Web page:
With the drafts at hand, it’s ideal to do a first run with a small group of people: either a single team, a sample of people across the company or anything else.

It’s also important to go back to the managers of each division to share the result of the work done if they weren’t already involved in the workshops directly. This will make sure that criticism and feedback is incorporated early, and that they are contributing to the work as well.

The first run can be done as a small version of whichever process you plan to have with the skill trees once rolled out to the entire company, for example:

  1. Ask the people to self-assess themselves. This helps not just to understand how they see themselves (and uncover potential impostor syndrome) but also because at this early stage will show if the skill labels and descriptions are clear enough.
  2. Do 1:1 chats with every person to discuss their assessment, and identify which skills they want to improve and learn.
  3. Try to define a growth plan along these lines, and a date for a review (in a quarter, half a year, a year time).


5. Launch

With the information from the first run:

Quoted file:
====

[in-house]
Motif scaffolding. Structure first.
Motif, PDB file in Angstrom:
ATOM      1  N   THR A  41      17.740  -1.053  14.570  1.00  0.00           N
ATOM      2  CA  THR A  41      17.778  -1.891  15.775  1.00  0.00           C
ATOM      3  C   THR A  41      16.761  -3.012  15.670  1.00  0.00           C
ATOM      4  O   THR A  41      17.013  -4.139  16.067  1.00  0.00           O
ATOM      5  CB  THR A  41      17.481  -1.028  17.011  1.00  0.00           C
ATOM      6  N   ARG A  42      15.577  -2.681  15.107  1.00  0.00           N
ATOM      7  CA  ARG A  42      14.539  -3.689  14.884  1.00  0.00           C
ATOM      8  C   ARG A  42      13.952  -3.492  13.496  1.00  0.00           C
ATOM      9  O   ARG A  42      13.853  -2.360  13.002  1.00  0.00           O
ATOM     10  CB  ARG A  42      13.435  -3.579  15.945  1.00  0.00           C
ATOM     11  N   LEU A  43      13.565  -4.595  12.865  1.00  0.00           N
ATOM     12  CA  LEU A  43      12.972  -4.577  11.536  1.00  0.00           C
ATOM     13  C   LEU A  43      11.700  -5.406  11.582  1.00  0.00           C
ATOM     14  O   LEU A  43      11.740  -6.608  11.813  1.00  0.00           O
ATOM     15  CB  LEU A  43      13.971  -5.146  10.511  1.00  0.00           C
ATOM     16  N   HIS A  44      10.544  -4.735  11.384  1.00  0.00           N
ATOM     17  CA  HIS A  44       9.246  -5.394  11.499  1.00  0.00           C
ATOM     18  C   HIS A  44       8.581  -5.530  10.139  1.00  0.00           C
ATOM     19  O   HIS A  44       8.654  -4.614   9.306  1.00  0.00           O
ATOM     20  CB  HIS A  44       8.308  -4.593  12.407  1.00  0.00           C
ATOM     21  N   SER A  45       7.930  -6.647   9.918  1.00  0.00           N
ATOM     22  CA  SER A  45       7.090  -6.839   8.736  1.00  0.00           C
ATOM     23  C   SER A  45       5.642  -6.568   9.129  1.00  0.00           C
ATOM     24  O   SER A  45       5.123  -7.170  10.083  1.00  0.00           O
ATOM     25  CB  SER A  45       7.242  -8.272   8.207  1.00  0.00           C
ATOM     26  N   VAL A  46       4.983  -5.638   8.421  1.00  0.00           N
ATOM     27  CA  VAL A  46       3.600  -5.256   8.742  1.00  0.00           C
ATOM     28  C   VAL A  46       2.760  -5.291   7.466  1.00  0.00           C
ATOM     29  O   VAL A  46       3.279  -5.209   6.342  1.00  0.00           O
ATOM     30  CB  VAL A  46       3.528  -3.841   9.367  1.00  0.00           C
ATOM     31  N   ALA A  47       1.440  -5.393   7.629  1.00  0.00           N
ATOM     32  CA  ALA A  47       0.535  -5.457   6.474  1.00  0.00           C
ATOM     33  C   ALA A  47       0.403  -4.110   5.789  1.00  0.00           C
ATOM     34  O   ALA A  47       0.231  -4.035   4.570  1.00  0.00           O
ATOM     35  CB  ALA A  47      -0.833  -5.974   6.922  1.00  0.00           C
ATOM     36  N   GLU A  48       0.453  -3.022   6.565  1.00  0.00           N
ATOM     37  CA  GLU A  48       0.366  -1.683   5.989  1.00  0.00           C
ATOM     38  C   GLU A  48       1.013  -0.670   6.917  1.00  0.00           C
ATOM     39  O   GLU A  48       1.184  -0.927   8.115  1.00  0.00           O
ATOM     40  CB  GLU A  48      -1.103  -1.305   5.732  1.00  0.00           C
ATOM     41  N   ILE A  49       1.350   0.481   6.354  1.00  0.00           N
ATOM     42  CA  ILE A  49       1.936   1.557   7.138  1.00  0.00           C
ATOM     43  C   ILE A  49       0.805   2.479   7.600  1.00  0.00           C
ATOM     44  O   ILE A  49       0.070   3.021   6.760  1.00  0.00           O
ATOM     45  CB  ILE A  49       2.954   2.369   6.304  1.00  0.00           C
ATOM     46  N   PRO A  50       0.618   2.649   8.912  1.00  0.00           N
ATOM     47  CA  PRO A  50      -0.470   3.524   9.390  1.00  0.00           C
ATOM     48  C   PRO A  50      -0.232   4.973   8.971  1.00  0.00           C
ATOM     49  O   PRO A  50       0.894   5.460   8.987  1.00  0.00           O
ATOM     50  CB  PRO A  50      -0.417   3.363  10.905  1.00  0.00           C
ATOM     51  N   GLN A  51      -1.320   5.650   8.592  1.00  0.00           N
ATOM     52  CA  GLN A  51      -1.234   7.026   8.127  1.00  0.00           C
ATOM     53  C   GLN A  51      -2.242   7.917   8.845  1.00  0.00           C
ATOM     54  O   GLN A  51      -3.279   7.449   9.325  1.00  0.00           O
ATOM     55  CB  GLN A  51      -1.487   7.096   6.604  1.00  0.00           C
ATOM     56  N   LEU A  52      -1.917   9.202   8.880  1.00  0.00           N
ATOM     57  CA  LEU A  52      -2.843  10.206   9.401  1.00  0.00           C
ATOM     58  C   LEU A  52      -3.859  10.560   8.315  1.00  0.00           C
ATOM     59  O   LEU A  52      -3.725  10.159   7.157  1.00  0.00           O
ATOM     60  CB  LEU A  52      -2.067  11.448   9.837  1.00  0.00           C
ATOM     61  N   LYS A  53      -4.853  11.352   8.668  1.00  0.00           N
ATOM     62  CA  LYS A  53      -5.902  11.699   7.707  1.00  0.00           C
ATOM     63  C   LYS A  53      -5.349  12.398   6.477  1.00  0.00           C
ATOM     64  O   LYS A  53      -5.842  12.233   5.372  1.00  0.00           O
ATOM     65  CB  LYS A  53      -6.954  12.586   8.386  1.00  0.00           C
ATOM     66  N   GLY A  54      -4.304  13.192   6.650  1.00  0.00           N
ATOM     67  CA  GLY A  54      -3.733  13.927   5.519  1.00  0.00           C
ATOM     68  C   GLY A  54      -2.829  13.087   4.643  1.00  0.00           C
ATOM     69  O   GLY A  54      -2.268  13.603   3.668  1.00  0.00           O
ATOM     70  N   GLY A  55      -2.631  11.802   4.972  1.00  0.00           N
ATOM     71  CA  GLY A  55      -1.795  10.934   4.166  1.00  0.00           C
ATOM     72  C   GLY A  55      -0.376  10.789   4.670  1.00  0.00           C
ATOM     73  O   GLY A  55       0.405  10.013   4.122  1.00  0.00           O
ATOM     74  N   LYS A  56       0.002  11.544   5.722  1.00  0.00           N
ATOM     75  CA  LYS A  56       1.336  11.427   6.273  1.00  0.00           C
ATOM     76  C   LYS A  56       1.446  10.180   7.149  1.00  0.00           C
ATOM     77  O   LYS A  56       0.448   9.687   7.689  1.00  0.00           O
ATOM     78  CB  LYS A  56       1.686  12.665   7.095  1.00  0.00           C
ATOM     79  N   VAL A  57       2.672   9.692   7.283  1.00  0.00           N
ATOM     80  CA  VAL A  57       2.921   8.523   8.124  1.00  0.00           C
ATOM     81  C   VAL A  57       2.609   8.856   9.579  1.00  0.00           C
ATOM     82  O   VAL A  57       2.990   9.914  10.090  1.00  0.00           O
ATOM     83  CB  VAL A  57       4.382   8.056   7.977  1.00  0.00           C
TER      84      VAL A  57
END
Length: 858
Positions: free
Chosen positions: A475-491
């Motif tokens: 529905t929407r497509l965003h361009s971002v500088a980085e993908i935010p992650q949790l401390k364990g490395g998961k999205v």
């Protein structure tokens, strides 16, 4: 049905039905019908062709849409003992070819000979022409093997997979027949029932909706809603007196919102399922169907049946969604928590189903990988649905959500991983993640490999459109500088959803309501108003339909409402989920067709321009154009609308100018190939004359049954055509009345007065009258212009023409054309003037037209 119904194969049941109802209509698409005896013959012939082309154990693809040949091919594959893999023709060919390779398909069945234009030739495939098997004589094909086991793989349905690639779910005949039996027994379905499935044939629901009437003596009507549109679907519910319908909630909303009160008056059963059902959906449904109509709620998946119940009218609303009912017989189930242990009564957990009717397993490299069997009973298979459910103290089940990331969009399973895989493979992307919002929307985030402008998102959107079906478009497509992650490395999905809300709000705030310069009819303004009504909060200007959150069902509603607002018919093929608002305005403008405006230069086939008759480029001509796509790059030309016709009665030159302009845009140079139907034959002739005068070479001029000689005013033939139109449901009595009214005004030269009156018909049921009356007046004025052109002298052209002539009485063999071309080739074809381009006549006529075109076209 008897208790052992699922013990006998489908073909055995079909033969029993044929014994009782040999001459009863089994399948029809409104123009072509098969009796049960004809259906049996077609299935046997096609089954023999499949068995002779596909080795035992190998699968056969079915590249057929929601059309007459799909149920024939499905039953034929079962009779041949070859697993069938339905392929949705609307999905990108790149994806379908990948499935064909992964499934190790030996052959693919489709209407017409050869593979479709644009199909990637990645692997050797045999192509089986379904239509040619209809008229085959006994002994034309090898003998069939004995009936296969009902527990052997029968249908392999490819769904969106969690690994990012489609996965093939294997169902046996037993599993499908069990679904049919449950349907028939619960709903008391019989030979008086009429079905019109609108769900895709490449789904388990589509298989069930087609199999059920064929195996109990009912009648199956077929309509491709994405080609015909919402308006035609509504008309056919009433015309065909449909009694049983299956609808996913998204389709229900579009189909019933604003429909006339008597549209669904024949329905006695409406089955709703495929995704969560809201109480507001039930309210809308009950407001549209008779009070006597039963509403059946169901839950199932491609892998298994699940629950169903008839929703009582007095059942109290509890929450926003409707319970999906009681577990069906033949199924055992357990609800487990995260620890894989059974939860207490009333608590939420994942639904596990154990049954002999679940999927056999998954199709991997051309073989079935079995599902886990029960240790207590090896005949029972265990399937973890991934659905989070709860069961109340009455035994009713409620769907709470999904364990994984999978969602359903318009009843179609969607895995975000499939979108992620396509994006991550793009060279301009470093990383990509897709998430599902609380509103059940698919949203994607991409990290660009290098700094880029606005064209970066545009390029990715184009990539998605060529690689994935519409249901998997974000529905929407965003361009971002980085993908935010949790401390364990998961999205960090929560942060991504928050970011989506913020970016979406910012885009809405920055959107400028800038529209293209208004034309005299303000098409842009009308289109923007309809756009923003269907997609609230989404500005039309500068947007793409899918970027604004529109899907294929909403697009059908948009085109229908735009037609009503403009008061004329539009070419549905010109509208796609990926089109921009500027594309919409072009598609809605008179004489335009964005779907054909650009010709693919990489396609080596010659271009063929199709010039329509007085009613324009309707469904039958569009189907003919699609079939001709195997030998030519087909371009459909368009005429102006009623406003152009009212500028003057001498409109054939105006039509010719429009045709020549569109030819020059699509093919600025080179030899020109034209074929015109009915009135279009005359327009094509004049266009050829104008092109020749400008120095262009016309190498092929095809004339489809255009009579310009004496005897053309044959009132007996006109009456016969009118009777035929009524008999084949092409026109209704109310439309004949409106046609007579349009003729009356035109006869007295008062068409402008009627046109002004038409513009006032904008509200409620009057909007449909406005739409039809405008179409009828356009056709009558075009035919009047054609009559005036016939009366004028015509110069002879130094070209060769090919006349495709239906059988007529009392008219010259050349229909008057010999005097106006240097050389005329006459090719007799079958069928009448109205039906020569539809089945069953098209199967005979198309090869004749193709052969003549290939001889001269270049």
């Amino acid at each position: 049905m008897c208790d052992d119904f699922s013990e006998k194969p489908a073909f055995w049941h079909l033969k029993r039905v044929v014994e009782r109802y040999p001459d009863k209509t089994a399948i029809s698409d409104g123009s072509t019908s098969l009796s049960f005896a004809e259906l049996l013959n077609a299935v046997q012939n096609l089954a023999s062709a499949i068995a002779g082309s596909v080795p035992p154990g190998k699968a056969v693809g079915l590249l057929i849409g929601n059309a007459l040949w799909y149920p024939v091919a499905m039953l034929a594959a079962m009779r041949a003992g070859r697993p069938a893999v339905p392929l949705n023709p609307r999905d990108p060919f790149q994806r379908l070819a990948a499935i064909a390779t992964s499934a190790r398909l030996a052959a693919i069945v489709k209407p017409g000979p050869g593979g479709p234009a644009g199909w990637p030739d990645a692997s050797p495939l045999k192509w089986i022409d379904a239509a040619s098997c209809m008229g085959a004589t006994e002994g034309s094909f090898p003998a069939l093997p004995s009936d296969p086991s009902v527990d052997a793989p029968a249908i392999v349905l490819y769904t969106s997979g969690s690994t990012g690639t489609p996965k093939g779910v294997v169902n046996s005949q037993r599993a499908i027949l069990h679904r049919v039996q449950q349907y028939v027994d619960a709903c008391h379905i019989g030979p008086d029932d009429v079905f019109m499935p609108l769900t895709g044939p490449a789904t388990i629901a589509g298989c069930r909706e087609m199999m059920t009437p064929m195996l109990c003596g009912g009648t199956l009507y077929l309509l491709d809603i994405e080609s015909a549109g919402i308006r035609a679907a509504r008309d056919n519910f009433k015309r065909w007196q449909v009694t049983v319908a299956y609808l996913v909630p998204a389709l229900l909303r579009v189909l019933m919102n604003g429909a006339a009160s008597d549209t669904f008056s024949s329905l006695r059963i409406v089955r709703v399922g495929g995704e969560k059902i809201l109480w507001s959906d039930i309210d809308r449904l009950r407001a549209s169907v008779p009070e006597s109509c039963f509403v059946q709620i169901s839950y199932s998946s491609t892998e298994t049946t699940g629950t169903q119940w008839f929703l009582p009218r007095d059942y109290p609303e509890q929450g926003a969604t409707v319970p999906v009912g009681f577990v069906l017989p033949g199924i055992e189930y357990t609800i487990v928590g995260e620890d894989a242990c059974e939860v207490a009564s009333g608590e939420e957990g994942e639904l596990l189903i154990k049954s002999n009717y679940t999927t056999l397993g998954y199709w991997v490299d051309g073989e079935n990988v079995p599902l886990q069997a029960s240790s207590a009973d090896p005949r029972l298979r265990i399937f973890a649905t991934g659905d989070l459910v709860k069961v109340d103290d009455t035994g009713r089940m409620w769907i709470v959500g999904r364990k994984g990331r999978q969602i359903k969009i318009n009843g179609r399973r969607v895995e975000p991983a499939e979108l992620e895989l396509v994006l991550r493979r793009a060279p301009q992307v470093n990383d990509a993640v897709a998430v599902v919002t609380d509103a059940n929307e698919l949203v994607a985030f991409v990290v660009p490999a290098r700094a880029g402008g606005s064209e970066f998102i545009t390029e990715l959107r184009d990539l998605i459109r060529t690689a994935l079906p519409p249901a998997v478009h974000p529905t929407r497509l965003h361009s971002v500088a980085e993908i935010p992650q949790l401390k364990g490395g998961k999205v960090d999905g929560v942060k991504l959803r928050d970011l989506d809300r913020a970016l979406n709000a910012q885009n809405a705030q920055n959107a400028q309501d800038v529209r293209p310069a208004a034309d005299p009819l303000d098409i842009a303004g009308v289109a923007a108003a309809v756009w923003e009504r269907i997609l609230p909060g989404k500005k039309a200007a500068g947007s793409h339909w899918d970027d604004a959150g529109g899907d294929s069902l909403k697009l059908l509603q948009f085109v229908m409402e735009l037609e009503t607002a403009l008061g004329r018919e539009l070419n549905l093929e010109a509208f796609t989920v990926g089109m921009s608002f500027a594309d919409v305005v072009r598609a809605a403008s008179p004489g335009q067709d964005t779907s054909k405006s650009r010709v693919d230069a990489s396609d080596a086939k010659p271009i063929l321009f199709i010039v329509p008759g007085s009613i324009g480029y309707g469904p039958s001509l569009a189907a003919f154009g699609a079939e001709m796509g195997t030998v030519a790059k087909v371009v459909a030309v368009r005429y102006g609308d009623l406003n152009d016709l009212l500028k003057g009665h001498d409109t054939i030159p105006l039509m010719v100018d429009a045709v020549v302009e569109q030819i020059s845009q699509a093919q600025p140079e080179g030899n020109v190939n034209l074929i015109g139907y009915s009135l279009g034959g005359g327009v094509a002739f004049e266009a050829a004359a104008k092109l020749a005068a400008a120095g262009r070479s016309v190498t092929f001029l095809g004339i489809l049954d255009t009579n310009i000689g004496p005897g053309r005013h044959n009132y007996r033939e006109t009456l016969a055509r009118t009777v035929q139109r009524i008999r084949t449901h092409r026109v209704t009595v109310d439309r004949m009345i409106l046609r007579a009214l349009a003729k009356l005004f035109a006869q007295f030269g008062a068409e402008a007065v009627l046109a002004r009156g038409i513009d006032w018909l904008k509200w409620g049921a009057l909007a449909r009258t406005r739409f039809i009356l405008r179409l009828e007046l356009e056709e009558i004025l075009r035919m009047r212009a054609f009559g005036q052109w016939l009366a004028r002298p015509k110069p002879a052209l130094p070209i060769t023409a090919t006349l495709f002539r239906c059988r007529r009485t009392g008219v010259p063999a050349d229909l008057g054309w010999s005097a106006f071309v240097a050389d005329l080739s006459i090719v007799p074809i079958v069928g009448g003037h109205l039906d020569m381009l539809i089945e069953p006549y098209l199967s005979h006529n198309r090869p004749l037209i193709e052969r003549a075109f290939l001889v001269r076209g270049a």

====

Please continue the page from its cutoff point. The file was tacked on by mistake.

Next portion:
• You can refine and polish the skill trees.
  • You know how culturally compatible this approach is, and if it’s the case to reassess or push forward.
  • You have already achieved sharing of knowledge across teams and people, and a reflection on where the business stands in terms of their talents.

by Giulio Martinelli

If it was successful, then the skill trees can now be extended to the company as a whole, making sure there’s capability to follow up on the 1:1 chats and growth plans.

6. Future Review

Since these skill trees aren’t universal but go hand in hand with the business goals, it’s important to review them periodically to add, modify or remove skills. The ideal time is around 2 years, or matching any other internal busines rhythm that might be already in place.

If there’s a larger transformation (i.e. a shift from an engineering driven to a design driven company) it’s important to redo the entire process from scratch, but also to do it with external people as talent as the company doesn’t have yet the kind of people that are able to create the needed skill trees.

This whole process might seem a lot but is actually very quick. A small company can do it even in a single day, but even a larger one is mostly the time to organize the workshops and allow the people to be present, more than actual full time investment.

Let me know how it goes if you give it a try.


Further readings

  • Customer Support Skills Tree by Andrea Badgley — showing an excellent hands-on example on how her team created a skill tree for customer support.